Sunday, 22 February 2015
Sunday 22nd February is World Encephalitis Day
As I have said previously, Ava came along to Derby and attended a meeting with a Consultant and a member of staff from the CEO's office after I raised concerns about the lack of information being passed onto myself. One of the outcomes from this was that Celia would be referred to the National Neurological Hospital in London, one the top hospitals that deals with Neurological conditions in the world, a positive move.
After a few weeks of waiting, Celia was finally moved to the Hospital and I made arrangements for me to take a day off work to go and see her and to meet up with the Doctors there. Off to went on the train to London and walked the shortish way. Finally found the ward were Celia was admitted and a Doctor came to talk to me. They explained I couldnt actually see her that day as she was sedated, something they had to do as she was not settling for the MRI scan they wanted to undertake. The Doctor also explained they had taken fluid samples from the lumbar region for further analysis and they had also requested the samples from her biopsy. The samples may offer some insight, but die to the age (abt 3yrs old) they might not be able to offer all the answers, This just seemed more of the same, but i hoped the specialty of the hospital would provide a better analysis methods and this some diagnosis. The doctor asked me to recount Celias initially illness and how she was over the period time. They did apologies in what seemed a wasted journey for me (in not being able to see her), but they did appreciate the information I was able to pass onto them. Any diagnosis would be passed onto her consultant in due course.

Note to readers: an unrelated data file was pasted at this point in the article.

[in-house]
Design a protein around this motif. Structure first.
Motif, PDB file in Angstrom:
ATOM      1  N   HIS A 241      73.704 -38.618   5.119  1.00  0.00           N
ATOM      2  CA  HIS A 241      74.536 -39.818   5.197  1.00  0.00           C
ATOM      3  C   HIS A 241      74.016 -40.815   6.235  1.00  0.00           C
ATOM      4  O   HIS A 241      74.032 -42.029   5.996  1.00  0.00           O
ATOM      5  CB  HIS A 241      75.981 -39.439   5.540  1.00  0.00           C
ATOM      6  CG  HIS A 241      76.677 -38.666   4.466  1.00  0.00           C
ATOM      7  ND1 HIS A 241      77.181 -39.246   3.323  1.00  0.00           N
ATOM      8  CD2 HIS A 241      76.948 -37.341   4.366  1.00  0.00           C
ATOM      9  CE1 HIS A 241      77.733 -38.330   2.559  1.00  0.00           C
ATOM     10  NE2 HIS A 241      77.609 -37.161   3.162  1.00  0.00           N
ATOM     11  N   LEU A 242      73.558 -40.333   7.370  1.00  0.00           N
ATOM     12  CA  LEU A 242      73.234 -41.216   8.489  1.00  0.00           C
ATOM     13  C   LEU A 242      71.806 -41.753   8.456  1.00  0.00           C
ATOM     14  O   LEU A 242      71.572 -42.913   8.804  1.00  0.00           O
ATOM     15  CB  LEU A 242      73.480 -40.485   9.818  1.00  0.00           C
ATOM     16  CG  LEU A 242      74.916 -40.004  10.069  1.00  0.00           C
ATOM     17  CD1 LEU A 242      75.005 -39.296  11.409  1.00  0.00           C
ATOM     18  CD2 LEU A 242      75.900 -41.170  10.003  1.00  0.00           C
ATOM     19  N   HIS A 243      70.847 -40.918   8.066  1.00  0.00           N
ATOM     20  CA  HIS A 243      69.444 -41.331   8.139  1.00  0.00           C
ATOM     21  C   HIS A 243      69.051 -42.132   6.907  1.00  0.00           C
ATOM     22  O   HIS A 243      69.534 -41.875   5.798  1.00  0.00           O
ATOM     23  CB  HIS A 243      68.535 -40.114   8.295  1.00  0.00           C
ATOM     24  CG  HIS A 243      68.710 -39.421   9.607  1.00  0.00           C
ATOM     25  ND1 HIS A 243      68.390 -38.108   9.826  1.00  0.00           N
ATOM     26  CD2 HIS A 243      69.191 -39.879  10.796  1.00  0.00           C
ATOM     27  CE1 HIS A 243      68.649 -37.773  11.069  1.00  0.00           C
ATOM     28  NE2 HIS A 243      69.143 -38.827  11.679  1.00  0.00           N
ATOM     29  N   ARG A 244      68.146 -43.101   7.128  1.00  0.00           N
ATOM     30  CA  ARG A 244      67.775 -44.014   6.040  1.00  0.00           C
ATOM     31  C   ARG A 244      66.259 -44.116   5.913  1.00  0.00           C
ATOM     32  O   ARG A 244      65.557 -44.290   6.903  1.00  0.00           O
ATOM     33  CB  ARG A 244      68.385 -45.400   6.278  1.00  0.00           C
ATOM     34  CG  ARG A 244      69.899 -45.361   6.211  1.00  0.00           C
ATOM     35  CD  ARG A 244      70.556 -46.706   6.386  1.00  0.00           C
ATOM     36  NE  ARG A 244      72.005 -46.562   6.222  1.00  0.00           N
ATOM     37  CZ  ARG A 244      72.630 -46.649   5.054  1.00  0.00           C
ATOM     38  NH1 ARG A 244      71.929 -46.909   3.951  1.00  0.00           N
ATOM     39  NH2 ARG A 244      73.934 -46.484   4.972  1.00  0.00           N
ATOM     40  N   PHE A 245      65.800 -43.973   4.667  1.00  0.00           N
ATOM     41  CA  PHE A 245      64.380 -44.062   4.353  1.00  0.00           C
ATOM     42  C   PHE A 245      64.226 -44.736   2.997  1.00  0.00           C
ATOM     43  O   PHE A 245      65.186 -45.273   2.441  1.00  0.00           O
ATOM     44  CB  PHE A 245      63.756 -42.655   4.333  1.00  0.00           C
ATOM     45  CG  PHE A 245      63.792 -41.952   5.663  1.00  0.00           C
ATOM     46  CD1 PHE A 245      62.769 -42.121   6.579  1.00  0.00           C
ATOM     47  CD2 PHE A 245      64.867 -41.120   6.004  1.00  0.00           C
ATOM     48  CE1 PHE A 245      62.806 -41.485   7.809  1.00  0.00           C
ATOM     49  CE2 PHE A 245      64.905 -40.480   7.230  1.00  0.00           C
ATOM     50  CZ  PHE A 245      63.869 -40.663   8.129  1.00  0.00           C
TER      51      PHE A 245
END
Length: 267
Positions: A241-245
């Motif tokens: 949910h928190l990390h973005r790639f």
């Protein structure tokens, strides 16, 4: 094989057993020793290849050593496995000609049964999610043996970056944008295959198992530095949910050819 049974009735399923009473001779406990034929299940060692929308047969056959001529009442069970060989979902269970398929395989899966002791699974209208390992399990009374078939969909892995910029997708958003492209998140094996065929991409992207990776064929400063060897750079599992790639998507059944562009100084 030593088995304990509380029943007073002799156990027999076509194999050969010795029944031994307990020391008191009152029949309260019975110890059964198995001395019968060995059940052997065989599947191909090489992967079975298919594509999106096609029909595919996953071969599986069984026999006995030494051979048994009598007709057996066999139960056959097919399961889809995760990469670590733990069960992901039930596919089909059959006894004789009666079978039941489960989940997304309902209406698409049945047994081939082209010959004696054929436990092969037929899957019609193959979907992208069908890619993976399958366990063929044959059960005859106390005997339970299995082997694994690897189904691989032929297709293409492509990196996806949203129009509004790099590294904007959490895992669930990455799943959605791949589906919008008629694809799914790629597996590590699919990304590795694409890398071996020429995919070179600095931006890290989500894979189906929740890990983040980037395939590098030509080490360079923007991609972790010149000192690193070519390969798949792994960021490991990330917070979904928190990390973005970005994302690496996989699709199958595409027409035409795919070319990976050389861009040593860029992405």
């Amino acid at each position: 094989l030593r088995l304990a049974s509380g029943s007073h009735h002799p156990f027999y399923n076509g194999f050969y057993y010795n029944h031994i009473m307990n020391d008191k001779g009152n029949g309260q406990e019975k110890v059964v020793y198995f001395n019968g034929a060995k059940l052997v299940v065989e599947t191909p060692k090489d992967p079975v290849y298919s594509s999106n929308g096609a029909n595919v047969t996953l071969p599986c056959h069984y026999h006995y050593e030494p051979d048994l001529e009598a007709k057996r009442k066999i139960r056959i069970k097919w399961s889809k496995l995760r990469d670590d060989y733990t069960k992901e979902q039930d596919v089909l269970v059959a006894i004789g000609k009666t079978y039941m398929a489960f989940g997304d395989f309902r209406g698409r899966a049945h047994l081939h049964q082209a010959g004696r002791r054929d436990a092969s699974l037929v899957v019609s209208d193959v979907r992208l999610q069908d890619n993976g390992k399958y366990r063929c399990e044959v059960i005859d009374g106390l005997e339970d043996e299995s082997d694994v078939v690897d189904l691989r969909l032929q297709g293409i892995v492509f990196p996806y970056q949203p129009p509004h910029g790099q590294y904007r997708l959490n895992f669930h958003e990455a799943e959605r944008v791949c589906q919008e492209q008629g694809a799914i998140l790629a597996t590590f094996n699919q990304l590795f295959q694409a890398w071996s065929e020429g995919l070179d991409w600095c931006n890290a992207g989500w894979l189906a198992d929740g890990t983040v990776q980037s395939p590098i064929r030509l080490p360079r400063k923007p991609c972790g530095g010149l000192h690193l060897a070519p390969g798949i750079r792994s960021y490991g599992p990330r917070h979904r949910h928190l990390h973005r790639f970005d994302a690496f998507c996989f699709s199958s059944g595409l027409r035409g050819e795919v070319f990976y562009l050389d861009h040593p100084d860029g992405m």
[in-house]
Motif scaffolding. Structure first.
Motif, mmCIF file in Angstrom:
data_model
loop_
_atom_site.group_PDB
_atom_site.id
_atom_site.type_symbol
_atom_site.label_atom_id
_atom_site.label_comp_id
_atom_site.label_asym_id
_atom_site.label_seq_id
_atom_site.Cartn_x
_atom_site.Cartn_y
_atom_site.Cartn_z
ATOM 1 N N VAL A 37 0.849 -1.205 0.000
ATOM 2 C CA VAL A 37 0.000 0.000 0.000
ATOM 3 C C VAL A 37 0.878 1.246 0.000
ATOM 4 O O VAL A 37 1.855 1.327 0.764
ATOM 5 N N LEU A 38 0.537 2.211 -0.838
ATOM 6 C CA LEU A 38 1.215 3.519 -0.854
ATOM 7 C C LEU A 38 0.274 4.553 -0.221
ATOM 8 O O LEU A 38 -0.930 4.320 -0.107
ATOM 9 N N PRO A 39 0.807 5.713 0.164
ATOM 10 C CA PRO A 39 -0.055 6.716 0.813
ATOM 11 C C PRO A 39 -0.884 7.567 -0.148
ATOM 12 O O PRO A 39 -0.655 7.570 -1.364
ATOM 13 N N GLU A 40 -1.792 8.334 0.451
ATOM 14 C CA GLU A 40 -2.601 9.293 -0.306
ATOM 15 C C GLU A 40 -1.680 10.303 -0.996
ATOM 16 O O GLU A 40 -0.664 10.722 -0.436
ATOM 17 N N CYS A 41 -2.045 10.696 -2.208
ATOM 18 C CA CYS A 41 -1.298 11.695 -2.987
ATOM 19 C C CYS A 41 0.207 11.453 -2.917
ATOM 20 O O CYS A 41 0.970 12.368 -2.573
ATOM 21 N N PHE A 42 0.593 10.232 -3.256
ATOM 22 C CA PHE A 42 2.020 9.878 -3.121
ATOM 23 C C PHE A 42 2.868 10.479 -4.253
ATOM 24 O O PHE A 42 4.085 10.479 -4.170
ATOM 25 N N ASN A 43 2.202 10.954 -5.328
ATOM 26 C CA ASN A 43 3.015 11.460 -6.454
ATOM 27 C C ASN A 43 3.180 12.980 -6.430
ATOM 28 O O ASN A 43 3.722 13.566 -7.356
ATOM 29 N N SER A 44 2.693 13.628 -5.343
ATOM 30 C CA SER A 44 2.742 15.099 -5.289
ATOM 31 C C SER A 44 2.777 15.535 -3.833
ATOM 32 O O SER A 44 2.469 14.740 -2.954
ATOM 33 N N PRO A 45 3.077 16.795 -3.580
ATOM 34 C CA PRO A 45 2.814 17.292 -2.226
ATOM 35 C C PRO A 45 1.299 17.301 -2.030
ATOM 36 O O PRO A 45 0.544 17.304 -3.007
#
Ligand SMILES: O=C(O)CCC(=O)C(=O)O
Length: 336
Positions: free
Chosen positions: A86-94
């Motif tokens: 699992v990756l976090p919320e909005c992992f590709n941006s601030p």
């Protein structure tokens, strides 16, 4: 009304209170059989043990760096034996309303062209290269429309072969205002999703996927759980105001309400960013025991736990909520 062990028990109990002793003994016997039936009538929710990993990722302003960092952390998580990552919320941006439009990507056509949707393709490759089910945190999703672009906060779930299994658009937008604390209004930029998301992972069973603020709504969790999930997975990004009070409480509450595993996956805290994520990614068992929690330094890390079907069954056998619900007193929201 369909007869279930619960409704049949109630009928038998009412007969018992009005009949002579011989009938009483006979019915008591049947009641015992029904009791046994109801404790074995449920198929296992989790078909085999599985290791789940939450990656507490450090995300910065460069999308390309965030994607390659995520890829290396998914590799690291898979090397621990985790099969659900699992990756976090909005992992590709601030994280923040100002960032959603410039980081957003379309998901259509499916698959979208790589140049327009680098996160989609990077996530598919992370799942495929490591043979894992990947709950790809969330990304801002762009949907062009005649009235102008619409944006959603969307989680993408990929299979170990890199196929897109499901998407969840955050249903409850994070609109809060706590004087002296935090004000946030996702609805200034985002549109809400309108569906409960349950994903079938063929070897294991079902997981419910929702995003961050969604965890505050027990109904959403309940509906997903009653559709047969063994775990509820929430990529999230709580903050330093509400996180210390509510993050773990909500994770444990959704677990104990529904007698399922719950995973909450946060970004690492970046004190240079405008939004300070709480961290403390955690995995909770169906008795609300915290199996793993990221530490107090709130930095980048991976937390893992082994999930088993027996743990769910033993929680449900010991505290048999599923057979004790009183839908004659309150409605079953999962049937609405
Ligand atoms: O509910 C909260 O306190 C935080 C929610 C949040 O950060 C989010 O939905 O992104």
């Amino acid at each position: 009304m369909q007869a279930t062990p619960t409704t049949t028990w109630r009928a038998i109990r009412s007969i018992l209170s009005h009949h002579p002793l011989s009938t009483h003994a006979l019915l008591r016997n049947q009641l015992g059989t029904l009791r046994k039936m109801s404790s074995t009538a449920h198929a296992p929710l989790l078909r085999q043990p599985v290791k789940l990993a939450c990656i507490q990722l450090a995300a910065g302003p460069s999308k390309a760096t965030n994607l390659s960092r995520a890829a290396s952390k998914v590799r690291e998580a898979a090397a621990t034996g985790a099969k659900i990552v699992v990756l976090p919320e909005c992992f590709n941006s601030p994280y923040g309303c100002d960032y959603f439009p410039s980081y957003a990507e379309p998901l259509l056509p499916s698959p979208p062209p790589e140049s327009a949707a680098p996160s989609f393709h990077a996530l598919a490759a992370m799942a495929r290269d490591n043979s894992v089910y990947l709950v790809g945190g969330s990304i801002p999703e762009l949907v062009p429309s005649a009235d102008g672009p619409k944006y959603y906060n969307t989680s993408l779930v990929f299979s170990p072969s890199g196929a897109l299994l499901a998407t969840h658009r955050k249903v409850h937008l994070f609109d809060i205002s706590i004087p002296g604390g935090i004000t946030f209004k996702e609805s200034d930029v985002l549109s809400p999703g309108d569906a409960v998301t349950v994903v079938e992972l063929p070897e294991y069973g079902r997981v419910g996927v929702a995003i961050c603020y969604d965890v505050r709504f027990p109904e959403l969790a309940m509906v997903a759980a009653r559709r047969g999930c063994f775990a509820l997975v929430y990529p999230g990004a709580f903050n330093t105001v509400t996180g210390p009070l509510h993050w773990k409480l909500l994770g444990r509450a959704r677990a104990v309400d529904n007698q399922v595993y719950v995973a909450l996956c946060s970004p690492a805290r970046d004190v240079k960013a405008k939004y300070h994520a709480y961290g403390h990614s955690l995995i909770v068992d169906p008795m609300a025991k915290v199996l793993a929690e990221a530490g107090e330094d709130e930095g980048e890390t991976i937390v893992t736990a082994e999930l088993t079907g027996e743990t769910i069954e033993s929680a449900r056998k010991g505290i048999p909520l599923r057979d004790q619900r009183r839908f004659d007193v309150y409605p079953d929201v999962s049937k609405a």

Some weeks later, I had to attend an appointment with her consultant in Derby to pass on feedback from her visit. Firstly, there was nothing they could say as a concrete diagnosis in terms of her current condition other than 'Non Descriptive Dementia'. This was mainly based upon the diagnosis from the psychological assessments resulting from encephalitis. However, from the tests the National did conduct, an area of interest was the T-Cell count in her spinal fluid relating the measles virus. It was higher than a normal persons level who had suffered from measles (a count of 2 per 100,000 compared to 0.1 per 100,000). This was interesting as the measles virus can cause a form of encephalitis called Subacute Sclerosing Panencephalitis (or SSPE) and it is a known chronic form. Coupled with her mental and slowly diminishing physical abilities, it showed a possibility of her initial illness some 3yrs previous. The tissue samples from the biopsy showed nothing to back this up thou. However, they couldn't say with any high degree of confirmation as the T-cell count for someone who has suffered with SSPE is about 10 per 100,00, so Celias count was much lower. She was in a bit on 'no mans land'. The second area of interest the National referred to was the inconsistent activity of her thyroid and her iodine levels. This may lead to an auto-immune condition called Hashimoto's Encephalopathy which relates in the body producing high levels of anti-thyroid antibodies. Once again, this may be factor with Celia's condition, but they couldnt say for certain or with any great conviction that this was the cause of her illness, as they were dealing with historical tissue and data samples, but it is a possibility.